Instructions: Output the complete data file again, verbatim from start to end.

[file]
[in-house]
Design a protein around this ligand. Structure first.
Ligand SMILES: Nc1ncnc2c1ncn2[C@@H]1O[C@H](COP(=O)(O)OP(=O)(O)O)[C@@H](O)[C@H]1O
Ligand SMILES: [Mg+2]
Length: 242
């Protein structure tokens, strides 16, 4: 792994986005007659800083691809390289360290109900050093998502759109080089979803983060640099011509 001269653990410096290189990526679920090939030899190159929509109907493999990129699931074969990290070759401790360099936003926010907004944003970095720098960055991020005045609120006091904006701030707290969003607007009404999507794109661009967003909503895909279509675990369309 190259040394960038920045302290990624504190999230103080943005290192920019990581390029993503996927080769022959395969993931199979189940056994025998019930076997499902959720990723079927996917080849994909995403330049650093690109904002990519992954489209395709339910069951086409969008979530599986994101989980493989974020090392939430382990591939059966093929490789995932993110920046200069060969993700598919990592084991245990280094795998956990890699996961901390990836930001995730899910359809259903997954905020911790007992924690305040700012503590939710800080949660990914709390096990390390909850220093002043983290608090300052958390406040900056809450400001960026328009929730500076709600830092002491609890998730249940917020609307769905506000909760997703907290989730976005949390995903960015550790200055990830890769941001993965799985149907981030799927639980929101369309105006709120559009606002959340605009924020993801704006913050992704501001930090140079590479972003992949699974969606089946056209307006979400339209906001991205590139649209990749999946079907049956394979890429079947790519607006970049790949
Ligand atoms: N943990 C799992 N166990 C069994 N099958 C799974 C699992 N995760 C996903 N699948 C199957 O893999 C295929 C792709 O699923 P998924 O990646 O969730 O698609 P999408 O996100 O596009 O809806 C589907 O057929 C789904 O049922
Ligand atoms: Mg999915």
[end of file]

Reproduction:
[in-house]
Design a protein around this ligand. Structure first.
Ligand SMILES: Nc1ncnc2c1ncn2[C@@H]1O[C@H](COP(=O)(O)OP(=O)(O)O)[C@@H](O)[C@H]1O
Ligand SMILES: [Mg+2]
Length: 242
């Protein structure tokens, strides 16, 4: 792994986005007659800083691809390289360290109900050093998502759109080089979803983060640099011509 001269653990410096290189990526679920090939030899190159929509109907493999990129699931074969990290070759401790360099936003926010907004944003970095720098960055991020005045609120006091904006701030707290969003607007009404999507794109661009967003909503895909279509675990369309 190259040394960038920045302290990624504190999230103080943005290192920019990581390029993503996927080769022959395969993931199979189940056994025998019930076997499902959720990723079927996917080849994909995403330049650093690109904002990519992954489209395709339910069951086409969008979530599986994101989980493989974020090392939430382990591939059966093929490789995932993110920046200069060969993700598919990592084991245990280094795998956990890699996961901390990836930001995730899910359809259903997954905020911790007992924690305040700012503590939710800080949660990914709390096990390390909850220093002043983290608090300052958390406040900056809450400001960026328009929730500076709600830092002491609890998730249940917020609307769905506000909760997703907290989730976005949390995903960015550790200055990830890769941001993965799985149907981030799927639980929101369309105006709120559009606002959340605009924020993801704006913050992704501001930090140079590479972003992949699974969606089946056209307006979400339209906001991205590139649209990749999946079907049956394979890429079947790519607006970049790949
Ligand atoms: N943990 C799992 N166990 C069994 N099958 C799974 C699992 N995760 C996903 N699948 C199957 O893999 C295929 C792709 O699923 P998924 O990646 O969730 O698609 P999408 O996100 O596009 O809806 C589907 O057929 C789904 O049922
Ligand atoms: Mg999915």